|72k||Two-part mission. The Queenfish (SSN-651) set off in late July 1970 on a mission to survey the undersea Arctic. Although far smaller than the Atlantic or the Pacific, the Arctic Ocean is six times the size of the Mediterranean Sea but still relatively unexplored because of the constantly changing ice cover, which averages 10 feet thick. For the second half of the voyage, the submarine explored the continental shelf off Siberia, within the 230 miles of shore that the Soviet Union claimed as territorial waters but outside the 12 miles that the United States recognized. To avoid identification by the Soviets, all markings on the submarine including the number were removed.||USN photo & text courtesy of NY Times from the article: "Queenfish: A Cold War Tale" 18 March 2008, by William J. Broad.|
|49k||The Path of the Queenfish (SSN-651).||USN photo & text courtesy of NY Times from the article: "Queenfish: A Cold War Tale" 18 March 2008, by William J. Broad courtesy of the book "Unknown Waters," by Dr. Alfred S. McLaren (USN ret).|
|55k||Thinning ice. This view through the periscope on 3 August was typical: ice and water. The first half of the Queenfish's (SSN-651) journey retraced most of the path that the Nautilus (SSN-571) took in its historic 1958 trip to the North Pole, the first vessel to travel there under the ice. Alfred S. McLaren, the Queenfish's (SSN-651) commander, wanted to compare the ice conditions of 1970 with those 18 years earlier. The ice had, on average, thinned 28 inches between those two voyages.||USN photo & text courtesy of NY Times from the article: "Queenfish: A Cold War Tale" 18 March 2008, by William J. Broad.|
|42k||Polar bear watch. Commander McLaren and a crew member stand on watch for polar bears. Later in the voyage, the Queenfish (SSN-651) had a memorable encounter with a polar bear family.|
|54k||Makeshift number. On 5 August the Queenfish (SSN-651) became the 10th American submarine to reach the geographic North Pole. It then surfaced through a hole in the ice about 500 yards away. Notice the number. To avoid identification during its secret survey along Siberia, the number and other identifying markings had been removed from the Queenfish. But for these photographs at the North Pole, the crew affixed numbers made out of cardboard.|
|42k||Polar photo op. Commander McLaren posing with the Hawaiian state flag at the North Pole. (The home port of the Queenfish (SSN-651) is Pearl Harbor in Hawaii.) The 117 members of the crew had to share the limited amount of clothing deemed acceptable for photographing, including the "submarine sweater" Commander McLaren was wearing. The one hour allocated for photographs stretched to more than six hours.|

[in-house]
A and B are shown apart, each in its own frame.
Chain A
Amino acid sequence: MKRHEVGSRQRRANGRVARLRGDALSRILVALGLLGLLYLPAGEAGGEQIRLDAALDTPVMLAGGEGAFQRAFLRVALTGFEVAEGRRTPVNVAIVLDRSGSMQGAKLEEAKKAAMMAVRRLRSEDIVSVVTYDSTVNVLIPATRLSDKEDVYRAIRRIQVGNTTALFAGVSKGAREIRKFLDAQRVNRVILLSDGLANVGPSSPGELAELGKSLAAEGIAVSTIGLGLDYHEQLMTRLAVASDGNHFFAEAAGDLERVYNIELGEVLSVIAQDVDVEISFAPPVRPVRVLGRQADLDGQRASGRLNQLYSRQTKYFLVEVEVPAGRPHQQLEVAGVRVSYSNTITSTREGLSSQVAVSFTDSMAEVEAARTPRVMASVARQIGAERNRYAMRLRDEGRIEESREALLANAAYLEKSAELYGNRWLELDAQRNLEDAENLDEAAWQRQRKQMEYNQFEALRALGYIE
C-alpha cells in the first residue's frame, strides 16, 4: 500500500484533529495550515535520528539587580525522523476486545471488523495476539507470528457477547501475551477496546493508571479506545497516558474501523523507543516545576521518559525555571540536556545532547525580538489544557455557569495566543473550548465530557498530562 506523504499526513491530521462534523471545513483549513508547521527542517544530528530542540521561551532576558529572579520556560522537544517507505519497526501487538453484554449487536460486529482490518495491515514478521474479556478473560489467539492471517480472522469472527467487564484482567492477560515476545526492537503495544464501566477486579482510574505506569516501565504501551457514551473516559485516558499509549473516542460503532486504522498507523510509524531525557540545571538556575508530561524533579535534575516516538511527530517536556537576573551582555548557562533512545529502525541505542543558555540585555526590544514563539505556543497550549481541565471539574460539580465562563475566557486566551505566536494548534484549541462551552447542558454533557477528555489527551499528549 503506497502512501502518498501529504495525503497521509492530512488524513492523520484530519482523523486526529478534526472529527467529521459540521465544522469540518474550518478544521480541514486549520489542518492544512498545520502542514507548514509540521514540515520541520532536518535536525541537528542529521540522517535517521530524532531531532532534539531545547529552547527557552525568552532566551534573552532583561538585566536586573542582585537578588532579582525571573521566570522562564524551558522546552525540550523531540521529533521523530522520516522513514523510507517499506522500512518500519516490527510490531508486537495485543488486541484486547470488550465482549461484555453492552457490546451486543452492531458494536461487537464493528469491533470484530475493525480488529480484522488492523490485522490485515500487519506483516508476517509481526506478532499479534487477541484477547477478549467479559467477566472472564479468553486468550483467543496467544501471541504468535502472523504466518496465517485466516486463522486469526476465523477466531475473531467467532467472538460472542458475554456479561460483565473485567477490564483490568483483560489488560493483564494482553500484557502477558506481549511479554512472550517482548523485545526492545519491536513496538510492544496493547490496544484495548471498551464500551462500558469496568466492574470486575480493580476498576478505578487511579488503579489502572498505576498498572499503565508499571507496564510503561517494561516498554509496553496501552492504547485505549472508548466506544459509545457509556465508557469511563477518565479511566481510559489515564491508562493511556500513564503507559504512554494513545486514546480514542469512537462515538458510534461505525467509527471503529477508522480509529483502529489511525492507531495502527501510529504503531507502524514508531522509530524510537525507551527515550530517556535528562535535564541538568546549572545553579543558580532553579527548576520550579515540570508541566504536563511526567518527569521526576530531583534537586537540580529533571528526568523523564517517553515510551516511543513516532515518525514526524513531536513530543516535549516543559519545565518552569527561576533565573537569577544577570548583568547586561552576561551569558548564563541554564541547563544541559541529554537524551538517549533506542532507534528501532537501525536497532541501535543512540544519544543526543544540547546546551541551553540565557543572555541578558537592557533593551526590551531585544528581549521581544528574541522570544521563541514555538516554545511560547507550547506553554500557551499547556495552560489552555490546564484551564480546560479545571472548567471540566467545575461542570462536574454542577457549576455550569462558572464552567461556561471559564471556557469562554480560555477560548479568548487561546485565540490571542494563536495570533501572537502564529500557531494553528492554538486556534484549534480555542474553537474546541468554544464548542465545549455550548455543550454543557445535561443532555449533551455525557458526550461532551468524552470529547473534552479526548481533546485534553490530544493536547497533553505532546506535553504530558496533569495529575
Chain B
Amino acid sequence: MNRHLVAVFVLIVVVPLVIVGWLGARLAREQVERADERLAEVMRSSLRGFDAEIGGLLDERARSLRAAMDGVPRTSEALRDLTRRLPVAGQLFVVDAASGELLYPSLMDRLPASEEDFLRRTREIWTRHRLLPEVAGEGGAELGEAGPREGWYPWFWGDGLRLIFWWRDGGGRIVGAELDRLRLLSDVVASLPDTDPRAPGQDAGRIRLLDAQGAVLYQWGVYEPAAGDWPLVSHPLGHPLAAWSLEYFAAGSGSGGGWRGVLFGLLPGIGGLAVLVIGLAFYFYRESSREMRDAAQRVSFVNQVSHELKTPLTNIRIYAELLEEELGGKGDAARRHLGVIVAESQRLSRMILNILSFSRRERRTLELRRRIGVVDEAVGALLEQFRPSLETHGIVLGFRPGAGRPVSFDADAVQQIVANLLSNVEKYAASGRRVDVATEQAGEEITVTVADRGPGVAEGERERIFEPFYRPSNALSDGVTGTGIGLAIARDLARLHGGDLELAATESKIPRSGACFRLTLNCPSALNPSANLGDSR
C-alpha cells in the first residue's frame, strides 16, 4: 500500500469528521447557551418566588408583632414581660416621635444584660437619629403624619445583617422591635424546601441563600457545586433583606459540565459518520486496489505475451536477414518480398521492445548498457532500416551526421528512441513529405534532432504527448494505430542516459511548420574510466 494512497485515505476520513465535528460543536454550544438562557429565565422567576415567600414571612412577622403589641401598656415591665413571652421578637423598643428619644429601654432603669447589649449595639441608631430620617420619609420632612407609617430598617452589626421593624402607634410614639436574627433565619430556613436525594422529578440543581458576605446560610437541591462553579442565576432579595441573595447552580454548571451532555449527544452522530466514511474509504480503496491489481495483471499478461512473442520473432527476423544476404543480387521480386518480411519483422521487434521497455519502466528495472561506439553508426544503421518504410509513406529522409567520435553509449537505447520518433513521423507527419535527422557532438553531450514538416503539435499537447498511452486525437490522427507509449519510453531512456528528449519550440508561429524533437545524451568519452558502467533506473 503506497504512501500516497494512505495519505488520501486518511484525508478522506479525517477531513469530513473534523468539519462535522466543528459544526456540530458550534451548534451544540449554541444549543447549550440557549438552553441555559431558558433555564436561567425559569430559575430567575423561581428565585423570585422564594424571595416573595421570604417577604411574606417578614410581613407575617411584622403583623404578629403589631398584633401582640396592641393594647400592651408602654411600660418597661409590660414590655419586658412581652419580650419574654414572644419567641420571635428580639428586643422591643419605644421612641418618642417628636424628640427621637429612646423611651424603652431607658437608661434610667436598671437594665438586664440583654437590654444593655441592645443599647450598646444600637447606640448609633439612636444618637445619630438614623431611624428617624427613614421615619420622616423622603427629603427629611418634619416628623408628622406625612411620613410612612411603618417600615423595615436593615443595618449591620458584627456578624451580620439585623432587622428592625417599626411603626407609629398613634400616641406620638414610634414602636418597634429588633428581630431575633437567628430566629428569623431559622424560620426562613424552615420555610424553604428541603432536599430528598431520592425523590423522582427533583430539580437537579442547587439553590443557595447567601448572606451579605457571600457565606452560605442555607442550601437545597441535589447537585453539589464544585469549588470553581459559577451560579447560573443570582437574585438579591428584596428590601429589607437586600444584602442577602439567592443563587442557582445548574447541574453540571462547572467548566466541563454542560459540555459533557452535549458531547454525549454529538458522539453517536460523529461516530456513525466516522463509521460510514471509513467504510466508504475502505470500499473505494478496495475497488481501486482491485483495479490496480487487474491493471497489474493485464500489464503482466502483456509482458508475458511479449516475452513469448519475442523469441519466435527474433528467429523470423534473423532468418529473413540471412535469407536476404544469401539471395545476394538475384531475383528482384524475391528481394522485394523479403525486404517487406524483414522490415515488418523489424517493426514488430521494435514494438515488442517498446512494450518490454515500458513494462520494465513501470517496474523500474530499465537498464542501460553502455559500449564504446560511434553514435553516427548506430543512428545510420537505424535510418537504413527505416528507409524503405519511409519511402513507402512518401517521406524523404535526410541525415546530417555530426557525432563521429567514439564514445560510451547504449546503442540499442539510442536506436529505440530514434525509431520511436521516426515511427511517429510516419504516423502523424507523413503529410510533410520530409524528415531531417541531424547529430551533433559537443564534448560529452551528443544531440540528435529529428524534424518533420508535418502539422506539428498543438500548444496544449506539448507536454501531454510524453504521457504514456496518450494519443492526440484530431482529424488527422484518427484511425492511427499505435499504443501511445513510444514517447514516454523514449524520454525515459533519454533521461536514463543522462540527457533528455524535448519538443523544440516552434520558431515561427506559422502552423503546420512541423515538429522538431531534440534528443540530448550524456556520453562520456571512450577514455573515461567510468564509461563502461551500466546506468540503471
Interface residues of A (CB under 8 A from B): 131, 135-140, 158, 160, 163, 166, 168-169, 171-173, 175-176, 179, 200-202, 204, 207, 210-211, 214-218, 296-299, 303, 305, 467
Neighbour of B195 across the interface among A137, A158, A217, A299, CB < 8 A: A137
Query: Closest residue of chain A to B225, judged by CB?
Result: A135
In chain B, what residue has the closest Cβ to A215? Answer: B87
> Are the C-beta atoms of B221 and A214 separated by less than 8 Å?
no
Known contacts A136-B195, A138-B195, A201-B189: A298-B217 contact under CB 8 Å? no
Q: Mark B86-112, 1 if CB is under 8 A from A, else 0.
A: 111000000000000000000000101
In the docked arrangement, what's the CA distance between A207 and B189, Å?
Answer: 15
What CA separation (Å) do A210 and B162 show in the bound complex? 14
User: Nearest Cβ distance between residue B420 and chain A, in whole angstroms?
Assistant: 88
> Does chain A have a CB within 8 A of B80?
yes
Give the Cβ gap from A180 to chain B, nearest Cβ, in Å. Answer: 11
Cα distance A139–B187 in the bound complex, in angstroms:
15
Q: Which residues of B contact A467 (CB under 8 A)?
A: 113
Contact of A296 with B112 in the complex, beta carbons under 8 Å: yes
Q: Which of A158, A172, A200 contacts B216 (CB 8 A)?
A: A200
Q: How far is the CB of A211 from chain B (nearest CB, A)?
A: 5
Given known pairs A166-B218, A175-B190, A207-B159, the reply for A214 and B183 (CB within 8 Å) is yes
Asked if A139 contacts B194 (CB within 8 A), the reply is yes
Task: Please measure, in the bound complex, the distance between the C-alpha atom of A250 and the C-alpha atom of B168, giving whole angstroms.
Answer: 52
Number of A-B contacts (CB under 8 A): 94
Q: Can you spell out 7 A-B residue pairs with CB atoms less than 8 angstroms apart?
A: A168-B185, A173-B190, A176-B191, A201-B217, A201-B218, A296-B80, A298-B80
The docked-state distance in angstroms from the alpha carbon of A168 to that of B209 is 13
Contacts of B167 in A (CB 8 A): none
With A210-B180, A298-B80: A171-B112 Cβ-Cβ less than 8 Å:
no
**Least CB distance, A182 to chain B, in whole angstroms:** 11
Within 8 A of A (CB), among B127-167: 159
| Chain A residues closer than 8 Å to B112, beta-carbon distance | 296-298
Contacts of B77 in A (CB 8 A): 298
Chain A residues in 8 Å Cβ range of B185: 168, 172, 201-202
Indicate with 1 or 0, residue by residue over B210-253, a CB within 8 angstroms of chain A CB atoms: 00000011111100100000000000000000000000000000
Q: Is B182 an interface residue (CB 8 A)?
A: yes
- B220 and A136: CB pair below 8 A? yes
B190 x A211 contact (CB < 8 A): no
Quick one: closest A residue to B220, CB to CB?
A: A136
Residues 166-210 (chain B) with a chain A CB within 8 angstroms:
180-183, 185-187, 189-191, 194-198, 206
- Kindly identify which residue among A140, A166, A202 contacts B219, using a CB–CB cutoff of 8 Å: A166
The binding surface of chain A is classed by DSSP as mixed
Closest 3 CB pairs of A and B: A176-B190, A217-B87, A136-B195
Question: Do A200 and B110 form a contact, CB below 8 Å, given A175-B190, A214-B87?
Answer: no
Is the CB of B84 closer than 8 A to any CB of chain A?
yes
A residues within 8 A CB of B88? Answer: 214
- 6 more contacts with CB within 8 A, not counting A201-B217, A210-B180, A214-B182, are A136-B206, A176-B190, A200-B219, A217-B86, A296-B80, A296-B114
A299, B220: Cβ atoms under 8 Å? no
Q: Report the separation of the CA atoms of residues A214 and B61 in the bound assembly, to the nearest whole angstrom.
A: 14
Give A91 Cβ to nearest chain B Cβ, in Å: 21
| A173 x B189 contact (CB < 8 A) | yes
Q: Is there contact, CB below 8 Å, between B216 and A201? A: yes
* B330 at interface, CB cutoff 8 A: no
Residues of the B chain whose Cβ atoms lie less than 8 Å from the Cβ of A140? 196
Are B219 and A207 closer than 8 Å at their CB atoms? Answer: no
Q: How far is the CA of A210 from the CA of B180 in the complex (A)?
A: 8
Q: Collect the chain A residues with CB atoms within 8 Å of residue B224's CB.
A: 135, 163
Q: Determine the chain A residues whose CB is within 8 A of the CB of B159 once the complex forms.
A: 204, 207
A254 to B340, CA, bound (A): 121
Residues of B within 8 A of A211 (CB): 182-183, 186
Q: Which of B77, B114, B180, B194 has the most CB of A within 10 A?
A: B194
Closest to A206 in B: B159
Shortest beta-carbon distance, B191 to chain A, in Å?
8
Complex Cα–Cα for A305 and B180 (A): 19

|339k||The Queenfish (SSN-651) at the North Pole on 6 August 1970.||Text courtesy of NY Times from the article: "Queenfish: A Cold War Tale" 18 March 2008, by William J. Broad. USN photo courtesy of Alfred S. McLaren, Captain, USN (Ret.) via Bill Gonyo.|
|39k||A cold swim. A team of scuba divers swam in the 29.5-degree water to take photographs of the underside of the ice. Winds and currents cause ice floes to pile up on each other. Later analysis showed that the ice within eight miles of the North Pole was, on average, 13 feet thick. In parts, where the ice floes piled up, it was close to 58 feet thick; in other spots, where the ice had been pushed aside, there was open water.|
|35k||Up scope. Another time, Commander McLaren looked through the periscope and saw ...|
|47k||The three bears. ... a polar bear and two cubs walking on the ice pack.|
|41k||Bear attack. The polar bears jumped into the water and swam directly at the periscope. "The cross hairs are on her nose," Dr. McLaren recalled in 2002. "And I'm thinking, 'How am I going to explain teeth marks on my periscope when I get back to port.?' " The bear sniffed at the periscope and turned away, with the cubs following.|
|51k||Tight squeeze. In places, the Queenfish (SSN-651), 54 feet high in the middle, found itself hemmed in by ice above and sea floor below. scrapping the seabed or grazing the overhanging ice could have damaged the propellers or rudder. At one point, the boat entered an underwater ice cul-de-sac. It took an hour for it to back out safely.|
|68k||Mission accomplished. The Queenfish (SSN-651) passed south through the Bering Strait on 30 August after traveling 3,100 nautical miles along the Siberian coast. It arrived at Pearl Harbor, its home port, on 11 September 1970. (Note that there is no number on its side, unlike the photograph at the North Pole.)|